What do you do with your regrets?
For some time, I felt I needed to call up regrets so I could put them before God and let Him carry them for me. Choices I made that in some way went against my personal values and the way God designed me.
Life doesn’t usually provide "do overs" or "mulligans," as they say in the world of golf. Even though Solomon said, “what has been will be again” (Eccl. 1:9), he was wrong. There are experiences in life that only come once, and if you miss them, you don't get another chance.
I am not calling regrets "sin" - being disobedient to God - but I do call them failures to live up to my stated goal in life:
To be a Christian man under all circumstances
For me, to be a Christian man is to live by the values I see in Jesus...
Who wept with those who wept (John 11:35).
Who confronted those needing to be confronted (Luke 11:37-54).
Who sought to help where there was a need (Matt. 14:13).
Who forgave even His enemy (Luke 23:34).
Who was be tempted and yet did not sin (Heb.4:15).
Who faced the future without fear (John 14:1-2).
My regrets seem to be those life moments of things I did not do rather than the things I did. For example, I regret the funerals I didn’t attend. As a pastor, I have the privilege of doing weddings and funerals. Both are significant in the lives of people. At a wedding, there is joy and laughter and new beginnings. At a funeral, it can be filled with joy also for the believers, but it is also an acknowledgement that life is precious and something has changed; life will never be the same. It
is the time we come together for each other.
God is still working on the core of my life and will do so my entire lifetime. My desire and prayer is that when the Holy Spirit reveals something challenging His character and my core values, I want the presence of God to be as real in me as it was to Jesus when He was tempted in the wilderness (Matt. 4: 1-11).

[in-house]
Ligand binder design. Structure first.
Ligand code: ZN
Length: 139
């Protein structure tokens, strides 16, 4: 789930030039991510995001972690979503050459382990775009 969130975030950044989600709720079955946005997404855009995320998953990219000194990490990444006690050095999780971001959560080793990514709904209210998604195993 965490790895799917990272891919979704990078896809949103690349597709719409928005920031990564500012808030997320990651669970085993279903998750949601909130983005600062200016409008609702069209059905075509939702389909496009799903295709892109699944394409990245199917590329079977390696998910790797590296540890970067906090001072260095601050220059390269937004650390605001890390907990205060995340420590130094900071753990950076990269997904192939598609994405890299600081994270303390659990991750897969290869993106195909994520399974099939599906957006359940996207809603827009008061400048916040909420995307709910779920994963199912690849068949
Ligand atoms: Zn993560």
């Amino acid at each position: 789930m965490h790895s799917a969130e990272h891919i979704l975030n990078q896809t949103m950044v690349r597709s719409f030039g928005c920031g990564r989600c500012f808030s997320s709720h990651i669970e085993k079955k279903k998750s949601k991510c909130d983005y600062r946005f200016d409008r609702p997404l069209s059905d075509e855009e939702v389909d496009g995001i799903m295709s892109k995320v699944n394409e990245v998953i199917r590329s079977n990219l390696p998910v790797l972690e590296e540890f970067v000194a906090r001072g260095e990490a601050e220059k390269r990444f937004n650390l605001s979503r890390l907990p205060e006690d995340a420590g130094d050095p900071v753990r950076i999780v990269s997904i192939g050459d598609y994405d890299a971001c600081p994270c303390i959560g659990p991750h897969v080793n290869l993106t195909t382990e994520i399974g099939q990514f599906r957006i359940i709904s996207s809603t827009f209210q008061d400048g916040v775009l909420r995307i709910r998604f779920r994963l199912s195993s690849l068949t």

I want to be able to say the words that William Borden of Yale wrote about his life just before he died in Egypt where he had been preparing to be a missionary to a group in China...
Growing up, he studied at the finest schools. His future was guaranteed by family wealth. But instead he chose to walk away from the prestige and money in response to God’s call on his life. In the end, he would give up his life to a disease in just four short months after answering God's call. Some said it was a waste of a gifted life, but that was not how he evaluated his choices. It was reported that Williams' final words written in his personal Bible were simply, “No Regrets.”
Right now, we might think we are not yet able to say we have "no regrets," but we can decide to let those past regrets be teaching moments. At the same time, resting on God’s grace which leads us to a renewed commitment to be a Christian man or woman under all circumstances in the days and years ahead.
On the journey with you, I am,